Km 465: The Northwest Territories border at Wright Pass Summit. Note that you need to set your watch ahead one hour here (and one hour back when going south).

The subarctic country through which the Dempster Highway passes.

A broad view of the subarctic country through which the Dempster Highway passes, taken from a side road leading to a communications tower.

Km 509: Midway Lake: the site of a popular music festival each summer.

Km 536: Tetlit Gwinjik Wayside Park: this lookout offers a panoramic view of the Richardson Mountains, the Mackenzie Delta, and the community of Fort McPherson.

Km 539: Peel River Ferry: Loading my motorcoach onto the ferry to cross the Peel River. The gravel loading ramps have to constantly be rebuilt as the river rises and falls, sometimes dramatically over very short periods. Each year the highway closes during the periods when the river is freezing and when the ice is breaking up. This varies year to year, but is roughly the months of May and November - a record of past dates can be found here. After the river freezes you drive across on the ice (which is regularly checked for strength by engineers). The ferries, particularly this one across the Peel, are also often stopped by debris in the water during high runoff periods, so be prepared for lengthy delays (several hours is fairly common, days less so).

Km 541 - Nitainlaii Territorial Park: has an interpretive centre, picnic facilities and 23 unserviced sites

Km 550: Fort MacPherson: At Km 550 there is a short side road to Fort McPherson. The cemetery here is the final resting place of Inspector Francis Joseph Fitzgerald and the other members of The Lost Patrol, a party of Mounted Police who perished nearby after getting lost in 1911. The men's bodies were found by a search team led by Corporal William John Duncan “Jack” Dempster, in whose honour the highway is named.

The Fort McPherson Tent & Canvas Company is famous for making very high quality wall tents, backpacks and other such items. We took a tour through the plant and I bought a great backpack I've wanted since I first saw them.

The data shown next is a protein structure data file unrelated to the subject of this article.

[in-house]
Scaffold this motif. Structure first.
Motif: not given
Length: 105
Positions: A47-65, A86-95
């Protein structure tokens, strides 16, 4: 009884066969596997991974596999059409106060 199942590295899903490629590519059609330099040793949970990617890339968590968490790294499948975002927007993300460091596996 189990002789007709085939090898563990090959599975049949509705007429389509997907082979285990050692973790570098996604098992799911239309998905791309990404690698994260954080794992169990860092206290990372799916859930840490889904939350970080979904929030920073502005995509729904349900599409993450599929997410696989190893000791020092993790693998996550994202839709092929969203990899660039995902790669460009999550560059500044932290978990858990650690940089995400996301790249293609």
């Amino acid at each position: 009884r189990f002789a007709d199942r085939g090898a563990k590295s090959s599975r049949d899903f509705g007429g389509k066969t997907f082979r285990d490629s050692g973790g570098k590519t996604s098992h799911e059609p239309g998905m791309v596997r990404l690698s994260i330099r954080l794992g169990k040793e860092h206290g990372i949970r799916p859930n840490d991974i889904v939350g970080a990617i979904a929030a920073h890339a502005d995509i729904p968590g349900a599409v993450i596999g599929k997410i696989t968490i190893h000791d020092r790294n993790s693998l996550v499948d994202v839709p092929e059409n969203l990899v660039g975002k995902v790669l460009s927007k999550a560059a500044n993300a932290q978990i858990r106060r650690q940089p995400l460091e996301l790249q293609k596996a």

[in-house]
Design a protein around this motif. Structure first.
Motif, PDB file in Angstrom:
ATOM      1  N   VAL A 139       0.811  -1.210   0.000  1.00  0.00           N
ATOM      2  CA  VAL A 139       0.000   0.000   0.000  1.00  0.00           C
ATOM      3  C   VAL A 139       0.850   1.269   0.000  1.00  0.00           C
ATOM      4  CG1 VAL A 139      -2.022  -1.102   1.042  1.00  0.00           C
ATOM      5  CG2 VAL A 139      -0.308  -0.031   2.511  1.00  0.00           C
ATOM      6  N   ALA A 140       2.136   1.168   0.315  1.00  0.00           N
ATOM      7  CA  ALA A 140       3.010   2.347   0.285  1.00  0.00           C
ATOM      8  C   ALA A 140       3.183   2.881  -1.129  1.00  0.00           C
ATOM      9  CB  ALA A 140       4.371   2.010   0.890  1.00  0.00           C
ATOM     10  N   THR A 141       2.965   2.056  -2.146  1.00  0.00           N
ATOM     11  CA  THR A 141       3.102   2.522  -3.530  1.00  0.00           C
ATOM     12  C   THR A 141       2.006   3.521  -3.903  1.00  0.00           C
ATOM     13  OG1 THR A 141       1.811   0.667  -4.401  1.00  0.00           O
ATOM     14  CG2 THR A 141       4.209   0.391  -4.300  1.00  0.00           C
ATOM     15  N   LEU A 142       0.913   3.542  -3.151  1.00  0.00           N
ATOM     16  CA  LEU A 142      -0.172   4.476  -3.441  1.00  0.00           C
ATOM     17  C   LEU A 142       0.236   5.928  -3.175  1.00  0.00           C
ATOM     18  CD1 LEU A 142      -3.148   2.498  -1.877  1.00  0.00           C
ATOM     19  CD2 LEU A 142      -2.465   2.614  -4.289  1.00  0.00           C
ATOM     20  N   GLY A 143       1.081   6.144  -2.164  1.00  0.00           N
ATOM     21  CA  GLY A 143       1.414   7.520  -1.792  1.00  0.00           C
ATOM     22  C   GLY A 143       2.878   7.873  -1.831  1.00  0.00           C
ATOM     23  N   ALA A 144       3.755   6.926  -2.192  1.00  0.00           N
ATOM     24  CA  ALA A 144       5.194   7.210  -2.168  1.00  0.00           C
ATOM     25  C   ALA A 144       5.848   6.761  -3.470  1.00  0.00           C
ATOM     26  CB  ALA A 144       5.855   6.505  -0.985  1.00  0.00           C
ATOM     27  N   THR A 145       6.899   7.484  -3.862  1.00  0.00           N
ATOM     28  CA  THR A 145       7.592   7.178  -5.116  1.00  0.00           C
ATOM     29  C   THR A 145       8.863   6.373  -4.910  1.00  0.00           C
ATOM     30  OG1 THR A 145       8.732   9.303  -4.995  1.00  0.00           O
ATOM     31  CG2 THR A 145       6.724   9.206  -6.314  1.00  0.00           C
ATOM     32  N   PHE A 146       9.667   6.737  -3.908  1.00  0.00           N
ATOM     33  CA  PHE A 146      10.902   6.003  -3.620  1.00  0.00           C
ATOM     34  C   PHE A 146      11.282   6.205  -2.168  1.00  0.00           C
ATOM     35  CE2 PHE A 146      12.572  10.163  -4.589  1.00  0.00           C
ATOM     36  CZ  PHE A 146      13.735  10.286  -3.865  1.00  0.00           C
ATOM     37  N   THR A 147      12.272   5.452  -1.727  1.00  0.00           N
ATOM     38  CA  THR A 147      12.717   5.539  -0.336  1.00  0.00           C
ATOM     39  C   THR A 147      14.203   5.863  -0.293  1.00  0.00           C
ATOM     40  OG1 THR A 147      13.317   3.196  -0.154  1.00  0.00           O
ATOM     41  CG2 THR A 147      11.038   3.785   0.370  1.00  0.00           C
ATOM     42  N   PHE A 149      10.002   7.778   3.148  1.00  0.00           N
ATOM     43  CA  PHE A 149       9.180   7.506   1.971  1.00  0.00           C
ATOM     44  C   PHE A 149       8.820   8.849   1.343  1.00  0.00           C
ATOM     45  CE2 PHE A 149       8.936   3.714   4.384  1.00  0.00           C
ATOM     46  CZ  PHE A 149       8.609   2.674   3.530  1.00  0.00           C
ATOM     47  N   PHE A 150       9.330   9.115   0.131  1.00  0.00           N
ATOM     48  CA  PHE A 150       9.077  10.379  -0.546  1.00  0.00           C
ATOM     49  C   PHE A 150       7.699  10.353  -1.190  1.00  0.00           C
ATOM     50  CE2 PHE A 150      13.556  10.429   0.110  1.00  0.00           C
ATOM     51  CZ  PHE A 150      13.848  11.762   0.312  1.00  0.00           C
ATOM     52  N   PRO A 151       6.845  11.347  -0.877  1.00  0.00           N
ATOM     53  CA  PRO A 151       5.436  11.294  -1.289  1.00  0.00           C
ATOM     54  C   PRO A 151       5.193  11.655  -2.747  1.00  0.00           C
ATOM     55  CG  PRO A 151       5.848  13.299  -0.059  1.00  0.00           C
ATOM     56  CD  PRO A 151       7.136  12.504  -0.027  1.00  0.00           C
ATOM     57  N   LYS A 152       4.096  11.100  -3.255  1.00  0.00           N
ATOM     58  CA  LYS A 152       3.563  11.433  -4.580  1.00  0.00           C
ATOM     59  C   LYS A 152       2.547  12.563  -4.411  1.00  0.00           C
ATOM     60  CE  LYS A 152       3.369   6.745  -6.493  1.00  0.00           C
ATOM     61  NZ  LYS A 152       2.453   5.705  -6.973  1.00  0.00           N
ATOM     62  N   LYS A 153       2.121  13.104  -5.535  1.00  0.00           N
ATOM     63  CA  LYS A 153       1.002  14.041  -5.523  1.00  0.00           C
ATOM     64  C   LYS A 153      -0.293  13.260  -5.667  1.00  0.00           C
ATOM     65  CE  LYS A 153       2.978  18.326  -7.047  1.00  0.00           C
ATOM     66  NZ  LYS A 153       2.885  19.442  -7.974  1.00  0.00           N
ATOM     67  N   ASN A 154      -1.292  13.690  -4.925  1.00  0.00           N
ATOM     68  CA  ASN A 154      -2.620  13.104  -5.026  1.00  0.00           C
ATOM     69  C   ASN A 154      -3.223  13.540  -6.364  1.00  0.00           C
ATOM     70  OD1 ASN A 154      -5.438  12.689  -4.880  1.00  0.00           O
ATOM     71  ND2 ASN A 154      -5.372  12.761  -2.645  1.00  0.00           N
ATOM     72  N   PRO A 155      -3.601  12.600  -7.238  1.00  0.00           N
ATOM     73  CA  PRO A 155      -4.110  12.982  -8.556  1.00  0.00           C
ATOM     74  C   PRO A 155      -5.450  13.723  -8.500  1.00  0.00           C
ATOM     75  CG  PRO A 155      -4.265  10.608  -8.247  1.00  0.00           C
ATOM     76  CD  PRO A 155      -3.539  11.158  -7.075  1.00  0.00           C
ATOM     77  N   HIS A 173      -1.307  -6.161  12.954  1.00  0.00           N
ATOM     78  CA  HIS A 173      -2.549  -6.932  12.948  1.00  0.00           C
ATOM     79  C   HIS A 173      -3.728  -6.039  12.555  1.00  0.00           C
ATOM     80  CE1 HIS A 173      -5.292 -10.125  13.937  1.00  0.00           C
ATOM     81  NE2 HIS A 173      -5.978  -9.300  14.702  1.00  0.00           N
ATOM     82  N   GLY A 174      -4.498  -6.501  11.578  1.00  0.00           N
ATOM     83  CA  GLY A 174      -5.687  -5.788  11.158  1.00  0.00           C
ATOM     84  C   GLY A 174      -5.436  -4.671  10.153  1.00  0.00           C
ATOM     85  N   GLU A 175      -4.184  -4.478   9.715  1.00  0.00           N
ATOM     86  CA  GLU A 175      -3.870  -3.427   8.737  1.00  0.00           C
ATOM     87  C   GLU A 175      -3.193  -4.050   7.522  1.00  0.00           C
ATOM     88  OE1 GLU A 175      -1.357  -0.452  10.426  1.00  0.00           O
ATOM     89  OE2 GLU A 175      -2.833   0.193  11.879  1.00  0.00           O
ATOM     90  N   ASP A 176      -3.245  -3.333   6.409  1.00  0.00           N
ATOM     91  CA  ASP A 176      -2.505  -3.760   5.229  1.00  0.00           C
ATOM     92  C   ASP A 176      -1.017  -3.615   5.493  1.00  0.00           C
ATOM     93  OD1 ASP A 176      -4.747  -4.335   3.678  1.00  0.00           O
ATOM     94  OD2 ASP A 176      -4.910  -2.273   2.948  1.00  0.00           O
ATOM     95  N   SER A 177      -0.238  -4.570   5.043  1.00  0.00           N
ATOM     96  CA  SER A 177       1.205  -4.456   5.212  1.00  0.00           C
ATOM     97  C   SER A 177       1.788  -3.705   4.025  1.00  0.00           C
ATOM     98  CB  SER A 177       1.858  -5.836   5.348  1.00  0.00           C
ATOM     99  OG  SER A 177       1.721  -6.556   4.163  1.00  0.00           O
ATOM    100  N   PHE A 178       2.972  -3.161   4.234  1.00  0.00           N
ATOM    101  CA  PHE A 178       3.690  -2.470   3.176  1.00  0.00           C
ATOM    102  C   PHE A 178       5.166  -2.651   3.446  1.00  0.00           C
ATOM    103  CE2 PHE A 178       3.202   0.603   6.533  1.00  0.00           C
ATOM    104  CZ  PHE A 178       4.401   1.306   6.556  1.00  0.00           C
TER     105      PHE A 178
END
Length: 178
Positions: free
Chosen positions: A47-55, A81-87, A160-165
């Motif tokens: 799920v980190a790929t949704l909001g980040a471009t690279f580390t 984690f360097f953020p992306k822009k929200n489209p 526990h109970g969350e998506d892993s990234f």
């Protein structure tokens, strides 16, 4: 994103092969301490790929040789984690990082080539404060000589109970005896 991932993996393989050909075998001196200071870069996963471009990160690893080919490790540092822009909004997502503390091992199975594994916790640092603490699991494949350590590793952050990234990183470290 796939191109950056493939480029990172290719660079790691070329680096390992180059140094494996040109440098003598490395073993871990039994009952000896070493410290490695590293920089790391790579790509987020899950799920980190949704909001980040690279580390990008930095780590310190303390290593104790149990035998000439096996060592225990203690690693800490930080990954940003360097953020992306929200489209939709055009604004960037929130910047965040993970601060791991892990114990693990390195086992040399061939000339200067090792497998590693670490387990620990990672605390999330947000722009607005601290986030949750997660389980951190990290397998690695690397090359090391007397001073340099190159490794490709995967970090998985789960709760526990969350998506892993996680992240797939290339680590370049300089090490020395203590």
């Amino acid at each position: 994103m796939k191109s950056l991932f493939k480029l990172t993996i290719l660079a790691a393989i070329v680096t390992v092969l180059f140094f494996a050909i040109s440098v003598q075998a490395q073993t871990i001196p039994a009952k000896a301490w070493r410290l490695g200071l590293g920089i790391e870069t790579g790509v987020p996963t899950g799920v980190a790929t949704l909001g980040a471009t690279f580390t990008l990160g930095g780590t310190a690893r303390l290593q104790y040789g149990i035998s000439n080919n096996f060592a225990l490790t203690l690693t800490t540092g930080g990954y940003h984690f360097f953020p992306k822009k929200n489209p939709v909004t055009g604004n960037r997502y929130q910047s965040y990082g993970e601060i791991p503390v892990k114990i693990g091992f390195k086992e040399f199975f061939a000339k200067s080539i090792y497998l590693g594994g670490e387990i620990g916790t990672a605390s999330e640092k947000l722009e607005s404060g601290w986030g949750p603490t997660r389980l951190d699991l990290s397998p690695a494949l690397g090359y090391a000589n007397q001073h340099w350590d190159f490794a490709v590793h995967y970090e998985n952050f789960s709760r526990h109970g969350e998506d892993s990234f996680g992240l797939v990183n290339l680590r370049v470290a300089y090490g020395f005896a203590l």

The village of Tsiigehtchic (formerly Arctic Red River), NWT

Km 608: Mackenzie River Ferry: The village of Tsiigehtchic (formerly Arctic Red River), NWT, is accessible only by ferry. The large river to the left (seen from the rest area at Km 607) is the Mackenzie (which you cross on a free ferry), the smaller one feeding into it is the Arctic Red River.

Km 692: Ehjuu Njik Wayside Park has picnic tables, outhouses, and good Arctic grayling fishing.

Km 714: Vadzaih Van Tshik Campground on Caribou Creek has 12 unserviced sites.

Km 719: Nihtak Day Use Area on Campbell Creek has picnic tables and outhouses.

Km 731: Jak Territoral Park: (formerly Chuk Park) is on a hill overlooking Inuvik and the Mackenzie Delta, with 37 serviced and unserviced campsites, picnic tables and other facilities.

Km 736: Inuvik: The Dempster Highway ends at the community of Inuvik. From here, a flight to Tuktoyaktuk is highly recommended - as well as seeing an Arctic village, the aerial views of the Mackenzie Delta are remarkable (see our Guide to Tuktoyaktuk for more information). This view is of Inuvik as we headed north in a Twin Otter on July 9, 2003. Our pilot for this flight was world-famous polar rescue pilot Bob Heath - now there was a man who loved his work. Tragically, he and 2 others were killed in a Twin Otter crash in Antarctica in January 2013.

A look at Tuktoyaktuk from a Twin Otter. The large airport is just off to the left out of sight.

Toe-dipping in the Arctic Ocean

A ceremonial toe-dipping in the Arctic Ocean (the Beaufort Sea, actually) is a great way to highlight your Arctic adventure, but is tougher than it appears - even in mid-summer, it is cold! I've heard stories about people swimming, but have never seen it in my many visits to Tuk.